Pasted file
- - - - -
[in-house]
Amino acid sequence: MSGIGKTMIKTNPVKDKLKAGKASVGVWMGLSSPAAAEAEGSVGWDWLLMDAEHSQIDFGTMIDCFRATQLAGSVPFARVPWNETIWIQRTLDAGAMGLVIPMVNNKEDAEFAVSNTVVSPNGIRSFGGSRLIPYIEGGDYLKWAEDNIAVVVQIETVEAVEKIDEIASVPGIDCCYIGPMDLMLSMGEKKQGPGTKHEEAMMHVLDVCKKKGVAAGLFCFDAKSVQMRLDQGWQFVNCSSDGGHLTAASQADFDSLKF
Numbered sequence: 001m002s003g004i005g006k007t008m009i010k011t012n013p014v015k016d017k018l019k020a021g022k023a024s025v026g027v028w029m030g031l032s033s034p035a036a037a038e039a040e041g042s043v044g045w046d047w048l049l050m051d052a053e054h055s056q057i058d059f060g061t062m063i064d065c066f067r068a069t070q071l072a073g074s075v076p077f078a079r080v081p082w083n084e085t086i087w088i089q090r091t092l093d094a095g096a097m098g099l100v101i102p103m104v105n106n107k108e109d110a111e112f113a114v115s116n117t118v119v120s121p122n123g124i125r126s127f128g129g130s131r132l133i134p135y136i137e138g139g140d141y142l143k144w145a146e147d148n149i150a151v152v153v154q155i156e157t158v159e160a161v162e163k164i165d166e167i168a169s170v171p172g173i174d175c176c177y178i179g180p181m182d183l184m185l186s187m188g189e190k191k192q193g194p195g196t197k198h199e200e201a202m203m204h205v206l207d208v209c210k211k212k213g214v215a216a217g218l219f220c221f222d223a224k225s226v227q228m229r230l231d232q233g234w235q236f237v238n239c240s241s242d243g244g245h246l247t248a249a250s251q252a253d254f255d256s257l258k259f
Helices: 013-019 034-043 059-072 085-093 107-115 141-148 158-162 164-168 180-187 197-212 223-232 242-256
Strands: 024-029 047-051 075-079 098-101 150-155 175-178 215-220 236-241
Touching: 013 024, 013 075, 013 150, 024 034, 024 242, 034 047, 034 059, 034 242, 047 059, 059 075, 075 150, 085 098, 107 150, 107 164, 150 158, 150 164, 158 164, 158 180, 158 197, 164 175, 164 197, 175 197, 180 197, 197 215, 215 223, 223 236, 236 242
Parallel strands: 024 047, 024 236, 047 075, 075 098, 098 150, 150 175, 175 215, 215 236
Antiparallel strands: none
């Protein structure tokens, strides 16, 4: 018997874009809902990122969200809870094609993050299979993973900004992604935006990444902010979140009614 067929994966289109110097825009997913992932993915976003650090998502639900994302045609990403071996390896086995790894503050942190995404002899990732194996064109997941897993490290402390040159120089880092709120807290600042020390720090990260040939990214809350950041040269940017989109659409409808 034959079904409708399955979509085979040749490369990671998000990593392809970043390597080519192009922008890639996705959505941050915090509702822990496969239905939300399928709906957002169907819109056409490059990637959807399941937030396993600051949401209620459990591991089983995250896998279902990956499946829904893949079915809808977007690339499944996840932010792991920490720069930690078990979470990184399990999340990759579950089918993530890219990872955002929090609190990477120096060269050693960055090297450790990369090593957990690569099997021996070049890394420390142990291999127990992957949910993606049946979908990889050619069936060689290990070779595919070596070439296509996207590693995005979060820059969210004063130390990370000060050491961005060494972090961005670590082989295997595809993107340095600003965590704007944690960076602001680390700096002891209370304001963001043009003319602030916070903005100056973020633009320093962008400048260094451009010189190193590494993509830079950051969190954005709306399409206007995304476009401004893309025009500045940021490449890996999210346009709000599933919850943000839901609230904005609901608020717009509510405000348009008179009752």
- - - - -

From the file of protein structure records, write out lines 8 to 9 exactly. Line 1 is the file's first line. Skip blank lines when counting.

Antiparallel strands: none
């Protein structure tokens, strides 16, 4: 018997874009809902990122969200809870094609993050299979993973900004992604935006990444902010979140009614 067929994966289109110097825009997913992932993915976003650090998502639900994302045609990403071996390896086995790894503050942190995404002899990732194996064109997941897993490290402390040159120089880092709120807290600042020390720090990260040939990214809350950041040269940017989109659409409808 034959079904409708399955979509085979040749490369990671998000990593392809970043390597080519192009922008890639996705959505941050915090509702822990496969239905939300399928709906957002169907819109056409490059990637959807399941937030396993600051949401209620459990591991089983995250896998279902990956499946829904893949079915809808977007690339499944996840932010792991920490720069930690078990979470990184399990999340990759579950089918993530890219990872955002929090609190990477120096060269050693960055090297450790990369090593957990690569099997021996070049890394420390142990291999127990992957949910993606049946979908990889050619069936060689290990070779595919070596070439296509996207590693995005979060820059969210004063130390990370000060050491961005060494972090961005670590082989295997595809993107340095600003965590704007944690960076602001680390700096002891209370304001963001043009003319602030916070903005100056973020633009320093962008400048260094451009010189190193590494993509830079950051969190954005709306399409206007995304476009401004893309025009500045940021490449890996999210346009709000599933919850943000839901609230904005609901608020717009509510405000348009008179009752």